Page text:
Today many instruments are commercially available – colorimeters, reflectance spectrophotometers, radiometers) – that, with the use of software, allow the CIE XYZ values to be measured; these instruments are extremely valuable in many industrial and commercial applications. The CIE system is still very much alive today, though many users often prefer to use one of the more advanced colour spaces – such as the CIELAB colour space – which was defined by the CIE in 1976 and whose values are very easily calculated from the CIE XYZ values. For further information about the CIE please visit their web site – http://www.colour.org/
I try to keep my blogs short. But this is going to be difficult!
Let’s start with what a primary is not. The primaries are often quoted as being red, yellow and blue. And on the BBC website – of all places – it says “Primary colours are three key colours – Red, Yellow and Blue. They cannot be made from any other colour”. For the BBC site visit http://www.bbc.co.uk/homes/design/colour_wheel.shtml.
The statement that primary colours cannot be made from any other colour is simply not true. Further, it gives the mistaken impression that there is something special about these primaries (red, yellow and blue) that makes them stand apart from the other colours. Another false statement that one often sees even in quite scholarly work is that any colour can be made by the mixture of three primary colours.
What is true is that if we select three appropriate colours and mix them together we can make a suprising range of colours. These colours – let’s call them primaries – can combine to make a huge range of different colours but unfortunately there are no three primaries that can be selected such that in mixture they can create any other colour. Depending upon the choice of primaries the range (or gamut) of colours that can be created in mixture is larger or smaller. What makes a good set of primaries? Well, I think it is reasonable to say that a good set of primaries is one where the gamut of colours that can be created is large; indeed, I would argue that the optimal primaries are those that create the largest possible gamut.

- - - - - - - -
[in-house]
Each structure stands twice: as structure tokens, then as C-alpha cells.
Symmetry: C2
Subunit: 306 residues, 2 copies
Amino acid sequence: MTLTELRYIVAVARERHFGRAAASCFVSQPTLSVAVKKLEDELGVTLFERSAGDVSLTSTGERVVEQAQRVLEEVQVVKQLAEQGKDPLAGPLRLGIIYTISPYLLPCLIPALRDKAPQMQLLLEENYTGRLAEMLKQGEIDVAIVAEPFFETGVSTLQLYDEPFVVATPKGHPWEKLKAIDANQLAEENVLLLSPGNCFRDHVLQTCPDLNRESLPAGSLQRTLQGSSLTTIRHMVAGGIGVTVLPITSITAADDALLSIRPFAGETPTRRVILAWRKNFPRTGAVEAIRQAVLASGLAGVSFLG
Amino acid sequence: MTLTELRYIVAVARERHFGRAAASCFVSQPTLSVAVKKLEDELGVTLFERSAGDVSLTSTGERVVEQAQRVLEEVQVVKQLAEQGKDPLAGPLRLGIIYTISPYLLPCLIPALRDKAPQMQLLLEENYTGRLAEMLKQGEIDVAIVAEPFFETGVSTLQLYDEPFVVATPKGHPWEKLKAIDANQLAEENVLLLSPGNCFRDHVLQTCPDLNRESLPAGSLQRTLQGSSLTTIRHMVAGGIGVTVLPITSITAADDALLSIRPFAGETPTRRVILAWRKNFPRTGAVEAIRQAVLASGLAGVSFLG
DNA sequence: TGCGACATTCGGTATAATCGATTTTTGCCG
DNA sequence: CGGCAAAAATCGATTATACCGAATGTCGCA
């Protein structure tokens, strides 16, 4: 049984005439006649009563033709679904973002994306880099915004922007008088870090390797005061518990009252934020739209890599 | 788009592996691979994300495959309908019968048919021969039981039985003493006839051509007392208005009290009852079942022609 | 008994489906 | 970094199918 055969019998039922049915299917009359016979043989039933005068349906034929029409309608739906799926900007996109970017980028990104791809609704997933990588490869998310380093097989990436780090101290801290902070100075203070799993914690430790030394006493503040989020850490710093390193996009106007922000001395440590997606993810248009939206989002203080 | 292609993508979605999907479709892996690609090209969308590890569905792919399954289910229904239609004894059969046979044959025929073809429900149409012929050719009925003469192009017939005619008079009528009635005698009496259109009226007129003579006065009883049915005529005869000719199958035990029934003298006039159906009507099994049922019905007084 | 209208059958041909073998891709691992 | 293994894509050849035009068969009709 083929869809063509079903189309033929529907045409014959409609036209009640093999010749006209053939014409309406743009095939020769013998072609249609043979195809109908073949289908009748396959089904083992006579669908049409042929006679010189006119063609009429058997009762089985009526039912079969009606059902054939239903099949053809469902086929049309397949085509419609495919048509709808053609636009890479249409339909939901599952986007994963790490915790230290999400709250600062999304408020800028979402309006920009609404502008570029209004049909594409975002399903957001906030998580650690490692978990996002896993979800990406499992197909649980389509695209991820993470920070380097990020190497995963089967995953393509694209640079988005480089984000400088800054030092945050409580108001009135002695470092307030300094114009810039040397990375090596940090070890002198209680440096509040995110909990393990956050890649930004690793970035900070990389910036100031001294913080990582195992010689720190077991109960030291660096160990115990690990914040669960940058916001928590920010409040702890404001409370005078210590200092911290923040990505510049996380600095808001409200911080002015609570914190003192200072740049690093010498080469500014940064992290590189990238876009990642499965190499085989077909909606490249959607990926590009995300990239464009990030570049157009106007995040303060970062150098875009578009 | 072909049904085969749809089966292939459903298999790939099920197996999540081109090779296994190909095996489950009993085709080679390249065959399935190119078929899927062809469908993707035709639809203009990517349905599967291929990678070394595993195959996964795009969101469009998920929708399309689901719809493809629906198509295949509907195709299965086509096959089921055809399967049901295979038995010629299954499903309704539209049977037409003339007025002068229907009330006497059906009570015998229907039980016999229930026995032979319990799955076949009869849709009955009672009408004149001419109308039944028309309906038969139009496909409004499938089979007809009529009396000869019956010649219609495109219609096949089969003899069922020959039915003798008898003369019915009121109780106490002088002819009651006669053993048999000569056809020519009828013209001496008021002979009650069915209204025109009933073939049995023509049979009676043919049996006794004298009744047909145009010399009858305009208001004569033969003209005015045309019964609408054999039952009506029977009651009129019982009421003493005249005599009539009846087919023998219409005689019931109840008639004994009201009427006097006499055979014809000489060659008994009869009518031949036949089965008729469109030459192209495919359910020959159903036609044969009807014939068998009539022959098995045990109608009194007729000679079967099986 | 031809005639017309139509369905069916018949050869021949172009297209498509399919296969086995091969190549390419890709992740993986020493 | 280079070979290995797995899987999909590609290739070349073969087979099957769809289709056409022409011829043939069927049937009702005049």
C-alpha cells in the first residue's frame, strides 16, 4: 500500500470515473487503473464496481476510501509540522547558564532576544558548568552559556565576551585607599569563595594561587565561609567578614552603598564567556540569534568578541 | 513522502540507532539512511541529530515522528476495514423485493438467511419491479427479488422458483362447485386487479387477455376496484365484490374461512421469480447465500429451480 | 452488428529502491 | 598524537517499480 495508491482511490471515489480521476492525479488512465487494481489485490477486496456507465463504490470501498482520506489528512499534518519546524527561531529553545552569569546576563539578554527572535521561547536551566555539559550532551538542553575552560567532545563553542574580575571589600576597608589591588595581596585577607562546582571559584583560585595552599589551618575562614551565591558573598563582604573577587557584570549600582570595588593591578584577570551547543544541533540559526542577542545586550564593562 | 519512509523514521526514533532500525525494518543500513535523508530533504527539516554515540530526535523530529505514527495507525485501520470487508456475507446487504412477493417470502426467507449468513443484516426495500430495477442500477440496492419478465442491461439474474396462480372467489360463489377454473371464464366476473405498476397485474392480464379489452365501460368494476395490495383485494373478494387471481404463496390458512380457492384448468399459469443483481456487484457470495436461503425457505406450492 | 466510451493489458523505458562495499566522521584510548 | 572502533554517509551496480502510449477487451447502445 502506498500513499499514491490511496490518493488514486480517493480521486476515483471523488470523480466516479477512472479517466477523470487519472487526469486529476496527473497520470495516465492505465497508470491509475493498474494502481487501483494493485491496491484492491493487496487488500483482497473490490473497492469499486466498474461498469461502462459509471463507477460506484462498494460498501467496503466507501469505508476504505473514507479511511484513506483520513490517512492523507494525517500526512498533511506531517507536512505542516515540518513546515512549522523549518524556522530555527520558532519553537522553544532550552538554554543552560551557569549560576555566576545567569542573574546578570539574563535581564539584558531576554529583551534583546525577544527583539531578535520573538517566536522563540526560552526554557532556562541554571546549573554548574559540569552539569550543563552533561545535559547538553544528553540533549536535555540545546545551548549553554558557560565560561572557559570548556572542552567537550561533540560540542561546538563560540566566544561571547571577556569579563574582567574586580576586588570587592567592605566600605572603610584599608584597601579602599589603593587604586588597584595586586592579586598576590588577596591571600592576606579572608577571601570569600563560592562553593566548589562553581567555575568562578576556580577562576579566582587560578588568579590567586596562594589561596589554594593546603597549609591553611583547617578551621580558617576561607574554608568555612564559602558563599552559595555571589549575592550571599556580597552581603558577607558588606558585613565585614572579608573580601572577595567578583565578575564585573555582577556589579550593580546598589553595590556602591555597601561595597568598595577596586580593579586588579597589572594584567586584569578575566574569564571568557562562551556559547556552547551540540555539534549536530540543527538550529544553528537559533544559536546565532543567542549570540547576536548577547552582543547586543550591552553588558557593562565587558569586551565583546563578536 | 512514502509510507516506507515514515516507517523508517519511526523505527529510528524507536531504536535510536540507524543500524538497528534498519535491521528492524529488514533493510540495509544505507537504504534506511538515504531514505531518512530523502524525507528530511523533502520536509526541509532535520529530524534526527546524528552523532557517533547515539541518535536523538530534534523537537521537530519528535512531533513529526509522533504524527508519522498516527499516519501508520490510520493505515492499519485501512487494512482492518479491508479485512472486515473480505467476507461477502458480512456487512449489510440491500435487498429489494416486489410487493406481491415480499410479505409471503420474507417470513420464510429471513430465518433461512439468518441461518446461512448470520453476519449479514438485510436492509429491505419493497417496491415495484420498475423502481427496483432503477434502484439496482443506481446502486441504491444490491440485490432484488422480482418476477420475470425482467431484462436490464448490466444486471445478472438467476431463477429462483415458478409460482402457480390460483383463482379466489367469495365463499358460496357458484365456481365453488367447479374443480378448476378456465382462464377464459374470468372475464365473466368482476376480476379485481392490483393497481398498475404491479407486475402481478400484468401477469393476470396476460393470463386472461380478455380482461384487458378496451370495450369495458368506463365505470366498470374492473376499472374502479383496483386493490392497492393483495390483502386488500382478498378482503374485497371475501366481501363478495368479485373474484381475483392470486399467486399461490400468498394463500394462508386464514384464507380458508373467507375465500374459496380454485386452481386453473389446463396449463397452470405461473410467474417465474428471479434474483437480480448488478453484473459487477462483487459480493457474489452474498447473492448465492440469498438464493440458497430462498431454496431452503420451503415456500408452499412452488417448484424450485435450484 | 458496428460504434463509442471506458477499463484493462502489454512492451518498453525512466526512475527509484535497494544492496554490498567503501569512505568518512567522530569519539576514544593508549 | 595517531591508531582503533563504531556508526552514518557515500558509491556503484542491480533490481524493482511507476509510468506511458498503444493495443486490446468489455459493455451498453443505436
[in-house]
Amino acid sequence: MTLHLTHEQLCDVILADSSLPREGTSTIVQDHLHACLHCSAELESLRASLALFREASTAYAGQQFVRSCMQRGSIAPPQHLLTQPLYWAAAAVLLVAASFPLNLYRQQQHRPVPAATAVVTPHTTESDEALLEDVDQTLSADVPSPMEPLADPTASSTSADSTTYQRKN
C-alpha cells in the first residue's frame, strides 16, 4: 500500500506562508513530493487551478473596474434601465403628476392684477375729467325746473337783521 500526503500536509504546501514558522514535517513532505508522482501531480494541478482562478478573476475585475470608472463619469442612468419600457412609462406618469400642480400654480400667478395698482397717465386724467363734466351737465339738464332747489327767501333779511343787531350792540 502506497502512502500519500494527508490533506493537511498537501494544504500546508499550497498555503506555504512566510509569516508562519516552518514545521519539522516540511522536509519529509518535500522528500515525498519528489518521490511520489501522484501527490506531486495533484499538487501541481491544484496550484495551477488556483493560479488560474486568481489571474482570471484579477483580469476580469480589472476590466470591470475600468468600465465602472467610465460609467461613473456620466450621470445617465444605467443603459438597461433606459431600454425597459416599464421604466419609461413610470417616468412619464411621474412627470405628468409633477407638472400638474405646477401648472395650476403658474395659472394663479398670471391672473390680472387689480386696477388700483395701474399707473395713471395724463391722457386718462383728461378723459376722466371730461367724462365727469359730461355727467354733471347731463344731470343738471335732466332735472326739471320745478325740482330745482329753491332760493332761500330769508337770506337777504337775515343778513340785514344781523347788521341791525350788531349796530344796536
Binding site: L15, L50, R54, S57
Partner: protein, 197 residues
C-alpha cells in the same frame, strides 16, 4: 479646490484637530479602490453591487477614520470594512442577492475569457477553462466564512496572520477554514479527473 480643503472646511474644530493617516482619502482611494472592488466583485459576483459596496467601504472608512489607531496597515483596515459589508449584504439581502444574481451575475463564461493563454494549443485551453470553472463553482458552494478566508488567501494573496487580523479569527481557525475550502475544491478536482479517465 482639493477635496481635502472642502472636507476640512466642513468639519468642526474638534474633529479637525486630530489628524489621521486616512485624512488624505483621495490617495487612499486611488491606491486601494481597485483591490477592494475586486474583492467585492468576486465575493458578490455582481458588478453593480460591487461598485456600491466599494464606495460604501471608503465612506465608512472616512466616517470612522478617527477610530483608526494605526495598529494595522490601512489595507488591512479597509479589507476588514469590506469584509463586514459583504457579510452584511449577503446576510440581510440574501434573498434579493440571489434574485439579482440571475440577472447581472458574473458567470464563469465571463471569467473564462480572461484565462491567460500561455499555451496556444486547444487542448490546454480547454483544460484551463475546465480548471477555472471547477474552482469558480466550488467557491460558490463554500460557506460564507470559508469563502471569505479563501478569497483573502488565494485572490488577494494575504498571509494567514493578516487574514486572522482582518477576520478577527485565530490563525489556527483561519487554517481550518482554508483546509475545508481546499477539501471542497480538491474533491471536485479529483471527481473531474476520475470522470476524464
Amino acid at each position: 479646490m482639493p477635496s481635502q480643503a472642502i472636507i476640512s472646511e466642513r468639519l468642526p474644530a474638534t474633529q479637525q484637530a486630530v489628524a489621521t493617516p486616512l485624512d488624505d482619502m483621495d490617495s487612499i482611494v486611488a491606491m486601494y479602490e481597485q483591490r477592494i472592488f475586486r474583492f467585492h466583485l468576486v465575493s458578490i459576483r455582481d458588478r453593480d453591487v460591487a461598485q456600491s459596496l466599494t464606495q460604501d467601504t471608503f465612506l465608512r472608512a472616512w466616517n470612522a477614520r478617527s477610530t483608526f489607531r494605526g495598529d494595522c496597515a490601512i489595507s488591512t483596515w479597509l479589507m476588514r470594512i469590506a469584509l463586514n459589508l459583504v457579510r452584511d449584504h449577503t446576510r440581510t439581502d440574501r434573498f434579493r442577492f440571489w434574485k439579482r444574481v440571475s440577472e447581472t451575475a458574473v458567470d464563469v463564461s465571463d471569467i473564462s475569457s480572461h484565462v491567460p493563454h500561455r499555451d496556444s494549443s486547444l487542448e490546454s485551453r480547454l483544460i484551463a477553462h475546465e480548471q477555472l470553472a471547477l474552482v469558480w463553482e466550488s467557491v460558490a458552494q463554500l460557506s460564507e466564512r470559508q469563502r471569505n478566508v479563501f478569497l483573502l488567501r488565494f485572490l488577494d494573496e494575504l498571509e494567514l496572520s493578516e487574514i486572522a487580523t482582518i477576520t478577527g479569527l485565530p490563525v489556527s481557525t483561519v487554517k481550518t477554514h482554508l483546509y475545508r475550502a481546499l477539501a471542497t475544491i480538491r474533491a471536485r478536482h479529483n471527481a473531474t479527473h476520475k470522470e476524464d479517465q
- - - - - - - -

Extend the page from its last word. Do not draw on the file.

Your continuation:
There are certain sets of primaries that can easily be predicted to give a small gamut. For example, if any of the primaries are dull and desaturated then the gamut will not be very big. Also, if the three primaries are similar to each other then the primaries are not likely to be a good set. And finally, if it is possible to combine two of the primaries together to make the other one then the gamut will be tiny. This is where – I believe – the misleading statement on the BBC website comes from; for a good set of primaries it is important that the primaries are independent (that two cannot be mixed to match the other one) but this is a long way from the BBC statement. Once we havs selected three suitable priamries then it’s true that they cannot then be made by any other colours that the primary system can make – but to argue that this is why they are primaries is clearly a circular argument.
There is nothing special about red, yellow and blue. In fact, they are not even the optimal primaries! To say what the optimal primaries are we need to specify the type of mixing: additive or subtractive. Additive mixing describes the behaviour of light-emissive systems such as computer displays, subtractive mixing describes how paints and inks mix. For subtractive mixing the primaries are often quoted as red, yellow and blue, as in the BBC article. However, a larger subtractive gamut is obtained if we use cyan (instead of blue) and magenta (instead of red) – see figure below.
One of my current research interests is to understand why red, blue and yellow became known as the artists’ primaries when a larger gamut is obtained if a bluish red is used (something closer to a magenta) and if a greenish blue is used (something closer to cyan). One only has to look at the primary colours used in inkjet printers for example (where the manufacturers have a vested interest in being able to create a large gamut) to realise that cyan, magenta and yellow are the optimal subtractive primaries.
For additive colour mixing the optimal primaries are red, green and blue. The additive and subtractive primaries have an interesting relationship – but that’s for another blog, another day.